Tension Headaches: Causes, Symptoms, and Treatments

An amazing woman once said, "Work without love is slavery." Yes, but what if the reason work feels like slavery is because you constantly get an ugly beating from tension headaches? Working while enduring a tension headache, or any headache for that matter, is ridiculously akin to being whipped like a slave. While we can thank the heavens for headache medicine, must we just accept the pain?

In this article, we discuss the causes of tension headaches, their symptoms, and how to treat them.

Headaches @ Work? 5 Causes Of Tension Headaches

What is a tension headache?

Before anything else, let's first discuss what a tension headache is. In a nutshell, it's just a fancy term for normal headaches -- when you experience pressure closing in from your temples or from behind your eyes. Sometimes, you'll also feel like your neck muscles are tensing up.

Tension headaches can cause mild, moderate, or intense pain in your head, neck, and behind your eyes. For some people, the tension headache can feel like there's a tight band around their forehead.

Causes of tension headaches

Researchers haven't identified a single cause of tension headaches. We just know they are caused by muscle contractions in the neck and head regions. These types of contractions are caused by various factors such as food, activities, and stressors.

Many people develop tension headaches after driving for long periods or staring at a computer screen for hours at a time. Cold temperatures can also trigger tension headaches.

There are also patterns of activity that you do to trigger them. Causes of tension headache include:

  1. Burning the midnight oil a.k.a. lack of sleep

According to a research team from Missouri State University, the deprivation of REM sleep causes the secretion of high levels of proteins that stimulate chronic pain and lower the levels of the protein that suppresses it.

  1. Increased amount of stress

Stress is one of the most commonly reported causes of tension headaches. It can also be a trigger for other types of headaches such as migraine.

  1. Skipping meals

If you haven't eaten anything in a while, your blood sugar levels will drop. As a response, your body will release hormones that signal your brain of your hunger. These same hormones may tighten your body's blood vessels and increase your blood pressure, triggering a tension headache.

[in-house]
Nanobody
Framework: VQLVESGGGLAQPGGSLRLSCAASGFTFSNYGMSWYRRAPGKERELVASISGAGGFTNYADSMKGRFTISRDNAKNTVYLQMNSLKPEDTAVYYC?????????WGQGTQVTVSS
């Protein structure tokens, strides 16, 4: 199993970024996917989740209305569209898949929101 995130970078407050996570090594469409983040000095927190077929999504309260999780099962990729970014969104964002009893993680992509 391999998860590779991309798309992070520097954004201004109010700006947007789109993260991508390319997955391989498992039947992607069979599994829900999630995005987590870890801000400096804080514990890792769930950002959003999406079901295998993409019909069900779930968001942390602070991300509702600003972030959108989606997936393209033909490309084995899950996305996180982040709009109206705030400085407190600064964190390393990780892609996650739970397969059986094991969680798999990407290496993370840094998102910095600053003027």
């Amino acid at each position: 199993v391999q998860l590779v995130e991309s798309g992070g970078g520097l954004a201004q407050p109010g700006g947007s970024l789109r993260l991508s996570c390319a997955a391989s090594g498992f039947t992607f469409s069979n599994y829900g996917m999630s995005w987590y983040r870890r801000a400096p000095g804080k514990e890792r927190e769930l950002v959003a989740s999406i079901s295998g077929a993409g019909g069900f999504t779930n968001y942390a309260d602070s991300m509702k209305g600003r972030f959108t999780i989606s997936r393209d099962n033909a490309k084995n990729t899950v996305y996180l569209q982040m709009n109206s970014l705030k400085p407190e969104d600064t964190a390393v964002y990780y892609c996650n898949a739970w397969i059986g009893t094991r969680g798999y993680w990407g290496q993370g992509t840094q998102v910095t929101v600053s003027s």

1. Poor posture

This is one of the overlooked causes of tension headaches. Bad posture messes up our muscles. It causes certain muscle groups to tense up and handle more pressure that it normally should, which in turn messes up blood circulation.

  1. Lack of exercise

A workout can lower your stress and unwind the tightness in your muscles. As stress and muscle tightness are two of the biggest causes of tension headaches, lack of regular movement and exercise can trigger chronic pain in your head.

Headaches @ Work? 5 Causes of Tension Headaches

Tension headache symptoms

You may be more likely to have tension headaches if you have the following:

  • Eye strain, such as from staring at a computer screen for long periods of time.
  • Pain in other parts of your neck and head such as temporomandibular disorders.
  • Stress related to work, family, and other life challenges such as the pandemic or juggling too many commitments.
  • Problems sleeping, such as insomnia.

Treating tension headaches

If you get tension headaches often, over-the-counter pain relievers may help treat your pain effectively. You can try any of these medication options for treating tension headaches:

  • Aspirin
  • Acetaminophen (Tylenol®)
  • Naproxen sodium (Aleve®)
  • Ibuprofen (Advil®, Motrin®)

While these OTC pain relievers are generally safe, overusing them can cause other problems. Make sure to carefully follow the instructions on the bottle and check in with your doctor if you feel the need to take more pain relievers. If these OTC pain relievers don't help, you can ask for stronger medication from your doctor.

Aside from medication, lifestyle changes and reducing your responses to stress may also be effective in treating tension headaches. You may want to try:

  • Staying hydrated
  • Eating healthy food
  • Exercising regularly
  • Massage therapy
  • Getting regular, restful sleep

Most of the human population experience tension headaches. However, that doesn't mean you have to live with the pain. If you struggle with tension headaches on a regular basis, don't hesitate to reach out to your doctor for guidance. If you have them from time to time, OTC pain relievers can be enough to relieve minor tension headache symptoms. Massage, meditation, and other stress management solutions can also reduce the impact of tension headaches on your life.

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